Photo: Victor Bezrukov (Flickr)
Like me, Todd was also unpredictable. One day he would be holding our family together with a smile on his face, and the next he’d be on the couch sobbing uncontrollably. We were a wreck. A mess. Absolutely, uncontrollably, unpredictable.
And our marriage? Well, that was something else altogether. We were on totally different grief paths and for the first time in my life I felt like Todd and I weren’t in sync. We were off the charts and in unknown territory. I was in a constant fog, and nothing like the Tara he’d married. Todd really probably thought he had lost his wife forever. And, in a way, he did lose me… the Tara he knew before March 14, 2010 was not the Tara I am now. I was different. Broken in a thousand tiny pieces. But I wanted to be glued back together.
How were we ever going to survive this?
Todd and I met our sophomore year at Texas A&M. In 1988, there were no cell phones so our generation’s texting was called “passing notes”. This cute, blue-eyed boy sat behind me and I passed him a note that said something silly, I’m sure. Knowing my goofy side it’s totally possible that it was one of those “check yes or no” notes. He flashed me the sweetest smile and I knew immediately that I wanted to spend more time with him.
That little note started a great friendship and over the course of our sophomore and junior years of college, we became each others’ “best buddy”. He was so fun to hang out with and I soon found out that Todd had a great sense of humor, a quick wit, and tons of friends. What I liked most was that the guy never took himself too seriously and his ability to make me laugh was seemingly effortless.
I loved how easily he made friends and was so incredibly smart and respected. We loved being together so much that we didn’t like being apart, so dating was the natural next step.
After a year of dating, he popped the question and in August of 1993 we got married. I couldn’t have been happier! Then, in 1996 I entered a new kind of happiness when our sweet Taylor was born, in 1998 Ryan, and in 2000 Peyton. Not only did I marry my best friend, we had three beautiful children. Our family fit together like a puzzle. Even when we took pictures together, we would fall into a big hug that fit together perfectly.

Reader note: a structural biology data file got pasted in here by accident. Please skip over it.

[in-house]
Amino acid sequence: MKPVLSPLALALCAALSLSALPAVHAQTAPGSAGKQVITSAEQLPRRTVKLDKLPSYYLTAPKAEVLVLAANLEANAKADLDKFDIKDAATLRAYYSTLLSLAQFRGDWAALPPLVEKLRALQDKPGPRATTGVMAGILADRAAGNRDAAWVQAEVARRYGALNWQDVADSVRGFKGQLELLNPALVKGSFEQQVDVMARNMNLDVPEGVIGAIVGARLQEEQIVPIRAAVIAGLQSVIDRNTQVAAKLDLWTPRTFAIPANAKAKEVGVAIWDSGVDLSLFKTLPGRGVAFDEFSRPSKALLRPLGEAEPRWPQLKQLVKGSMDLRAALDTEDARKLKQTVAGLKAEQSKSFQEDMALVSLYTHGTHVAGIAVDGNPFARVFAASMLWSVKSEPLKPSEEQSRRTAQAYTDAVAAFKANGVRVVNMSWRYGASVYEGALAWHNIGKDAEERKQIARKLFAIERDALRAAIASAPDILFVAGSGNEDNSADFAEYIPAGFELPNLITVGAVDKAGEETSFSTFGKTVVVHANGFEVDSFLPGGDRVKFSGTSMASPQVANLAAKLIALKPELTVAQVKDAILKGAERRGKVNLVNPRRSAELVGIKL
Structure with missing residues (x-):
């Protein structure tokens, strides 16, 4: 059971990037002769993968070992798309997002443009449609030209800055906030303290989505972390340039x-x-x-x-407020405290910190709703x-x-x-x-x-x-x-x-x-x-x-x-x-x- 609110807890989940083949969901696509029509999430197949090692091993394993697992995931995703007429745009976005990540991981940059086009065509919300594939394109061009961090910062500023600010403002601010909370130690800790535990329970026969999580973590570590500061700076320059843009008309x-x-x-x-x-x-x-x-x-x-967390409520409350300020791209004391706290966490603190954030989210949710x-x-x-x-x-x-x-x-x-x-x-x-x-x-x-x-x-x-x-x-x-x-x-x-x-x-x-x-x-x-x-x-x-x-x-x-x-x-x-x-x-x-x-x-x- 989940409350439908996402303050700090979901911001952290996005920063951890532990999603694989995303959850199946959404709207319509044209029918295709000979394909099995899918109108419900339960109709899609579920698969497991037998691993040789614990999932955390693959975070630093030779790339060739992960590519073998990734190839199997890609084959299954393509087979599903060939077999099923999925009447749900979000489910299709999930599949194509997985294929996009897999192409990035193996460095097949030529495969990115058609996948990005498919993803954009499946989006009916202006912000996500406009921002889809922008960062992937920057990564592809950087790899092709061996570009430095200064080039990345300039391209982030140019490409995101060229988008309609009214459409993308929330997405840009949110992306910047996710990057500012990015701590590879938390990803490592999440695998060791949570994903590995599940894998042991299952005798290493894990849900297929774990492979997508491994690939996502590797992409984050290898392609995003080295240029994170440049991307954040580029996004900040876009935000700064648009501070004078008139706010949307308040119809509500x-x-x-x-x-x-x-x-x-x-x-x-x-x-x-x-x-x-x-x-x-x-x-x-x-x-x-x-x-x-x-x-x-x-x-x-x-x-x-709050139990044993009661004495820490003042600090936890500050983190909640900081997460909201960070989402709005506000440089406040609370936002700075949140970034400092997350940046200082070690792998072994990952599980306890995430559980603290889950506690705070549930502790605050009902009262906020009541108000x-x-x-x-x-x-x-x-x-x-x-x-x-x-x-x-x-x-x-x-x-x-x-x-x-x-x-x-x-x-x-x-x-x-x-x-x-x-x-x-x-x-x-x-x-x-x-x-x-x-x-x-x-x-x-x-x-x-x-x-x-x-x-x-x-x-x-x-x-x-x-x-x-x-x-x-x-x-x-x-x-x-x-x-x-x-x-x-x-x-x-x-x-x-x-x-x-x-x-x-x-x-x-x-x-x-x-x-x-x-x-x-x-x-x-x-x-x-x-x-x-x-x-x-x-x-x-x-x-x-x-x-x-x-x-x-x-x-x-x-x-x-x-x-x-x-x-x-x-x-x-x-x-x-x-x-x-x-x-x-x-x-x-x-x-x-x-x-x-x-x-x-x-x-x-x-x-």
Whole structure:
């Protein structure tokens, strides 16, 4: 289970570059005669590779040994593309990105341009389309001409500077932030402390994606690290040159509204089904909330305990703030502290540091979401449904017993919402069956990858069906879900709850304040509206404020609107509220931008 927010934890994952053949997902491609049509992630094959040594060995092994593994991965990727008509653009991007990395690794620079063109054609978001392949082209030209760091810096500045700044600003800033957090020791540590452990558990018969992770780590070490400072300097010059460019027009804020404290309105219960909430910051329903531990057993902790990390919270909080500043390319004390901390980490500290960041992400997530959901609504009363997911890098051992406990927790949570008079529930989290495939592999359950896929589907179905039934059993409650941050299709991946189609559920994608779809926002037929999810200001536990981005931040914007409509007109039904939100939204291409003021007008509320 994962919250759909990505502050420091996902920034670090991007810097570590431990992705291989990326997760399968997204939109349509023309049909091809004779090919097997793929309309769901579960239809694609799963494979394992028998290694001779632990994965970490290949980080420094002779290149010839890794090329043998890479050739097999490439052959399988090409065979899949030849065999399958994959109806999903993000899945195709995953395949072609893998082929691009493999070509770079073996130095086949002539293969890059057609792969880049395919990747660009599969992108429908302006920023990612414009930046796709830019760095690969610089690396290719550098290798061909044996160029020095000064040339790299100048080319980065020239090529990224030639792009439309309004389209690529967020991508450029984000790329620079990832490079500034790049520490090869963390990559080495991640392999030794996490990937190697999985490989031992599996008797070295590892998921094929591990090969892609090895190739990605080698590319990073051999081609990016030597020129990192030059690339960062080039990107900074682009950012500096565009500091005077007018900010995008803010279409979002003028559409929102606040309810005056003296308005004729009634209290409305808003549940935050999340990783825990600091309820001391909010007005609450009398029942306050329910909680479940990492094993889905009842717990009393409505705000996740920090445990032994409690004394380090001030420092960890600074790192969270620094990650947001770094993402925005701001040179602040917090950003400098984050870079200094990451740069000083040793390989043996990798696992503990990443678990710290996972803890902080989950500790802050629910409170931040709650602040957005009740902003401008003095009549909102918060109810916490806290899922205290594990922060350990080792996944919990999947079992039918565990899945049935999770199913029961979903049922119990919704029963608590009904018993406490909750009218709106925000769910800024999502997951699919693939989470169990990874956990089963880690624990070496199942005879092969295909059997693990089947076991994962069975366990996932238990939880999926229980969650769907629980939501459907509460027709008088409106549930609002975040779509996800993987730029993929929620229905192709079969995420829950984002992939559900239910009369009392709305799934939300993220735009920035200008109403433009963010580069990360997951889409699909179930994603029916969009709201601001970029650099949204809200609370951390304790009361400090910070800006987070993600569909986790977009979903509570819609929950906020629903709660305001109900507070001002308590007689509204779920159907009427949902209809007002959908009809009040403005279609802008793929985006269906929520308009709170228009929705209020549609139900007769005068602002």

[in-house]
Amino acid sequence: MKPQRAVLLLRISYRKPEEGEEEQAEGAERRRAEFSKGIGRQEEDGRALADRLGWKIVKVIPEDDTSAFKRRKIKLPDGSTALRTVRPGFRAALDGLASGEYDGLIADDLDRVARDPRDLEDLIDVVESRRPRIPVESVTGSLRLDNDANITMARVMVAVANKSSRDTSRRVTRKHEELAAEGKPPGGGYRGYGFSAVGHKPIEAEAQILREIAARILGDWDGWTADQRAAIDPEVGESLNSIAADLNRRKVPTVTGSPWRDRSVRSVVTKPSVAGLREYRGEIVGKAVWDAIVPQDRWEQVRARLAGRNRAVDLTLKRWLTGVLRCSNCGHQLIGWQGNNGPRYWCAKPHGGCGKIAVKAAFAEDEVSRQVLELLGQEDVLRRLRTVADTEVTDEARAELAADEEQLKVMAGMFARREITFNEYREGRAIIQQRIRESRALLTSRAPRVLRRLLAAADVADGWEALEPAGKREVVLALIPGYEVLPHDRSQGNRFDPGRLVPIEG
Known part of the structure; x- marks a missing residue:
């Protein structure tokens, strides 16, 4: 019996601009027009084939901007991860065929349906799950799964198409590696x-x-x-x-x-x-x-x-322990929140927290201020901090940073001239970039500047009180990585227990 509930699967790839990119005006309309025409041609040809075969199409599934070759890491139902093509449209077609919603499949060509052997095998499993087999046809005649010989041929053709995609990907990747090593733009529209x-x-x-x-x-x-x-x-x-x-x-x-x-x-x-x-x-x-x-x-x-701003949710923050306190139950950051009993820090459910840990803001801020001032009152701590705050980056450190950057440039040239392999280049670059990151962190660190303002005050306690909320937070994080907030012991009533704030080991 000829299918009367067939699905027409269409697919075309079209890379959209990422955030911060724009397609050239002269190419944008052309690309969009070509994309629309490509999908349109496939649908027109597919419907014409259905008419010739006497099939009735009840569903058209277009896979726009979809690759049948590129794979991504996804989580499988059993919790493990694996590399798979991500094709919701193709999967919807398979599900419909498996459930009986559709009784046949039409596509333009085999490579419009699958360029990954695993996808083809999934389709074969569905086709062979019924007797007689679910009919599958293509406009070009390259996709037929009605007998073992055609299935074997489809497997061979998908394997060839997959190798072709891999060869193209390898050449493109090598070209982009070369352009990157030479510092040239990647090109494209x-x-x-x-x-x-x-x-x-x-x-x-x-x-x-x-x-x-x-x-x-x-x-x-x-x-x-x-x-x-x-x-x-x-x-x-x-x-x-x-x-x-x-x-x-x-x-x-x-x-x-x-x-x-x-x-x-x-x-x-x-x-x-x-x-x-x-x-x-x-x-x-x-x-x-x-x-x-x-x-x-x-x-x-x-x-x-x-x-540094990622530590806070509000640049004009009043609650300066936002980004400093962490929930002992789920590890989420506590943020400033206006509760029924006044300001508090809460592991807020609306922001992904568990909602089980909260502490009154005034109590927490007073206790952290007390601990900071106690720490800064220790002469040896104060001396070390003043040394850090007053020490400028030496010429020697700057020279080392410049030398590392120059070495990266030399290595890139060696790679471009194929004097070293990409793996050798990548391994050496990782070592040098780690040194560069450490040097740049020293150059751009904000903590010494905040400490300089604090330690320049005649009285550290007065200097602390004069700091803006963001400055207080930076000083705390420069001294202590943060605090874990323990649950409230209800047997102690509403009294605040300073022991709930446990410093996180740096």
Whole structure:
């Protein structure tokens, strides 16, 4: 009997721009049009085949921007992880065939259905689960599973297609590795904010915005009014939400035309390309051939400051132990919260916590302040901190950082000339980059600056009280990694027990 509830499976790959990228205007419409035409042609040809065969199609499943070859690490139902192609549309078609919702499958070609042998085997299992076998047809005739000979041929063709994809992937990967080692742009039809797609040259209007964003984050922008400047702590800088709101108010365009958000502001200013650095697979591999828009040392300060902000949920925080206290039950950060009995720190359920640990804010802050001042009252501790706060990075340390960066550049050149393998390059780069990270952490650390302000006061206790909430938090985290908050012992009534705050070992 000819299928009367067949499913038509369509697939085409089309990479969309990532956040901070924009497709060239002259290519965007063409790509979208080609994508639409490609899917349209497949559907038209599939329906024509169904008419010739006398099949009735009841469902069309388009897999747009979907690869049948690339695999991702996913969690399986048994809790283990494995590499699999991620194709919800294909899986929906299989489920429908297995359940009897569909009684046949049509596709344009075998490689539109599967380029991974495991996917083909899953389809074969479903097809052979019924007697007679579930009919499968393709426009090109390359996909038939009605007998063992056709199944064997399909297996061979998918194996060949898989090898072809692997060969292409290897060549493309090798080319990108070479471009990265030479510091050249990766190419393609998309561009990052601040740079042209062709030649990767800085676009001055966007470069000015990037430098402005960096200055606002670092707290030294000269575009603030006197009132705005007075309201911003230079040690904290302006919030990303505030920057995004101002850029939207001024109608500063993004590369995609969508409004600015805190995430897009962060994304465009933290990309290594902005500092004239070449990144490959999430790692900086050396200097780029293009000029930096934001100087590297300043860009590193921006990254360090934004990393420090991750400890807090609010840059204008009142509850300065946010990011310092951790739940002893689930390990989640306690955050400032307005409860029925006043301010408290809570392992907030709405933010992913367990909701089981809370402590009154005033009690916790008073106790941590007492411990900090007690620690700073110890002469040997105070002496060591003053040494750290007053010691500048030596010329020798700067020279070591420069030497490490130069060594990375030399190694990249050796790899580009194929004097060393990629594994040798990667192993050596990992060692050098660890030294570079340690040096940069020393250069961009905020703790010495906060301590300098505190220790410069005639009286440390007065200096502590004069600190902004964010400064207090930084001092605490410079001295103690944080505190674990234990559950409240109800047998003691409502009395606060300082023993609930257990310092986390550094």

Never, ever, did we think we would lose one of our puzzle pieces.
But, March 2010, preceding the question, "Taylor is a beautiful candidate for organ donation, would you consider it?" our puzzle was thrown on the floor and shattered.
There are really no words to describe the rock Todd was for our family when we lost our sweet Taylor. I could fall into his arms and scream while he rocked me like a child. He was there, no matter what. You never know the type of person you’ve married until you face something really, really hard. The “for better or for worse” vow was tested big time.
Todd held us together as best as he could in this time, but we knew we needed help. We were on different paths in our grief journey and we were trying to pull each other to either my side or his. It was a push-pull type of struggle. I wanted him to grieve like me and would be mad that he wasn’t.
One day we met with another couple who had walked this journey ahead of us and the advice they gave us truly changed our thinking. Their gentle advice was to “give each other the grace to grieve the way each other needs”. Seems like a simple thing to give someone mercy and grace, but grief can quickly become all-consuming that grace is hard to dish out even a little bit. So, if Todd needed to be surrounded by Taylor’s friends, I needed to let him do that even if that was super hard for me. If I needed to isolate myself from the world, he needed to let me do that even though that didn’t make sense to him. That little nugget of advice from a couple who walked in our shoes and have kept their marriage strong made the world of difference to us. It was so simple...how did we not know to do that? I’m not sure, but we weren’t doing it and it was hurting our marriage.